As technology races
forward, it brings new questions and decisions for the road
officer. One of those questions is what to do when you're on a stop
and the driver goes to hand you his or her cell phone.
When this occurs, it usually means that the driver has someone on the
other end who he or she hopes is going to convince you not to issue a
ticket. But the question remains, do you take the phone?
with anything else, there are different schools of thought. Here's ours:
Motor vehicle stops are a very dangerous part of our job. They require
complete attention and concentration. They are unpredictable, never
routine, and we lose way too many officers each year in just this one
The driver and occupants have a tremendous amount of area with which to
conceal weapons and from which to launch an attack. And it takes only a
But the potential dangers aren't all inside the car.
Officers must be aware of passing traffic, the affect the stop is having
on the flow of traffic, any passing pedestrians, and even the actions of
people on porches for stops made in residential and inner-city areas.
the same time, the officers must still monitor the radio and what other
members of the squad are doing.
officer on a stop has to be mentally focused the entire time.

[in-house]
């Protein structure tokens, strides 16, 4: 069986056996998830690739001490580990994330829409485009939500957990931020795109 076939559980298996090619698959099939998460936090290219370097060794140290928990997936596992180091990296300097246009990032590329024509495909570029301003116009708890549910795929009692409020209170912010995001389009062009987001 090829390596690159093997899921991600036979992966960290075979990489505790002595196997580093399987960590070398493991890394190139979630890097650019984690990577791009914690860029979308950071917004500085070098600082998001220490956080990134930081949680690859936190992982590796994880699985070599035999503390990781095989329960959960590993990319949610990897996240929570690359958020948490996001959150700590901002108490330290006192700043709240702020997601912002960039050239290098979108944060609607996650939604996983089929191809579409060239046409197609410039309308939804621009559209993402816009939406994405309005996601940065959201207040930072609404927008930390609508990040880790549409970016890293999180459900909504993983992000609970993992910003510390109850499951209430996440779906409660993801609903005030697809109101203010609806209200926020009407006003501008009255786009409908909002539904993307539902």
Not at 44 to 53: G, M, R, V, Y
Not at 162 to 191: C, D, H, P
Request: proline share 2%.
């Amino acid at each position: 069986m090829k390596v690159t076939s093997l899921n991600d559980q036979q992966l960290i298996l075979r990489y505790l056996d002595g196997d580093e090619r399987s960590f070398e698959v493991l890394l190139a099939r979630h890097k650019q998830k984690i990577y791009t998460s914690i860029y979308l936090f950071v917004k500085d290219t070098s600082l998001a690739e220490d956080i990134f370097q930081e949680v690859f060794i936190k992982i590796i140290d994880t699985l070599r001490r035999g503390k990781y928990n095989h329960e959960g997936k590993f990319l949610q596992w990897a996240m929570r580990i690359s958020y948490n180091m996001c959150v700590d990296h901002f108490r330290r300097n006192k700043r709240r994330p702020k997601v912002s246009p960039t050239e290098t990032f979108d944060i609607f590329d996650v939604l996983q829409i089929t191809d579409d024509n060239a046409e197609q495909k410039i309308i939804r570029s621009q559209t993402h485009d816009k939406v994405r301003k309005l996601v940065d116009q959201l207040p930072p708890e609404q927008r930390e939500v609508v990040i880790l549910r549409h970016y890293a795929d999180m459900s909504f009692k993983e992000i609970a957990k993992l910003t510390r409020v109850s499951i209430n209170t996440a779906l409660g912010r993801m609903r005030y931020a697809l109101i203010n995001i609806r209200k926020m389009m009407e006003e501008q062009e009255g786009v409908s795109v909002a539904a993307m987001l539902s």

The action of accepting a cell phone and beginning a conversation breaks
all of the concentration. It exposes the officer to numerous risks and
breaks down the entire integrity of the stop. It flies in the face of
all tactical teachings.
Now, refusing to accept a cell phone will ruffle some feathers.
The person on the other end of the phone obviously feels he or she is
important enough to interrupt you in the middle of a motor vehicle
stop. Inevitably, it will be a politician, a business owner or even
one should be have enough clout to get themselves out of a ticket with a
phone call while they're still in the middle of the stop.
not abandon safety for courtesy.
Another consideration is the fact that taking a cell phone is about as
sanitary as using a public phone. This is especially true when the
driver is an informant trying to put you in touch with his or her
handler. Most informants are drug users or criminals themselves. Do you
really want to place your face against a surface on which they secrete
there is a compelling reason to speak to the person on the phone, they
can call you at your headquarters later in the shift. That practice has
worked fine for decades.
The other side of this, of course, is not to be, “that guy.”
you get a call from a friend, CI, squeeze, relative, or your spouse who
has been stopped, do not ask to speak to the officer. Deal with it
later. Don't put the officer in an awkward position.
Anyway, that's just our take. Use the comments box below to share your